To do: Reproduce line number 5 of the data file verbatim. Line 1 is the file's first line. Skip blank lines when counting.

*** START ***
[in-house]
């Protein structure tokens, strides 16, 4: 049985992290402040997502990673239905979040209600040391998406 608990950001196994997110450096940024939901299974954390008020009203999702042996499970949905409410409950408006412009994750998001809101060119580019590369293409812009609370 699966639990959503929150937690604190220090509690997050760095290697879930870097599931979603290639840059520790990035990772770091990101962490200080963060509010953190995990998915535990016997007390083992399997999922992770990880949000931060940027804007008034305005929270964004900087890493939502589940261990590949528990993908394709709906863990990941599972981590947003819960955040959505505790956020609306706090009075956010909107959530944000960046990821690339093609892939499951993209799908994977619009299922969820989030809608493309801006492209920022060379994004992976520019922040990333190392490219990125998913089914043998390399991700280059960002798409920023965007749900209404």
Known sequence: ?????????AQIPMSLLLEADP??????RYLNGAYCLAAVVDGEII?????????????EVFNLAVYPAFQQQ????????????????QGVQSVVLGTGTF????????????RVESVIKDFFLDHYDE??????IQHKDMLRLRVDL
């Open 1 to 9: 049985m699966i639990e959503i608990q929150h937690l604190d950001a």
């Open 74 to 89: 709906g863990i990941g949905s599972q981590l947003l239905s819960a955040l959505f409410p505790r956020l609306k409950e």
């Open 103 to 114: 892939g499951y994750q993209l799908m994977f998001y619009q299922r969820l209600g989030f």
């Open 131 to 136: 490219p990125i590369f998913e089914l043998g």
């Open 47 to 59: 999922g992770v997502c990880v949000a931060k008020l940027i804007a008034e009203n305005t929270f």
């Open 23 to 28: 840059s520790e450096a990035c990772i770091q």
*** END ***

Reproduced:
């Open 74 to 89: 709906g863990i990941g949905s599972q981590l947003l239905s819960a955040l959505f409410p505790r956020l609306k409950e």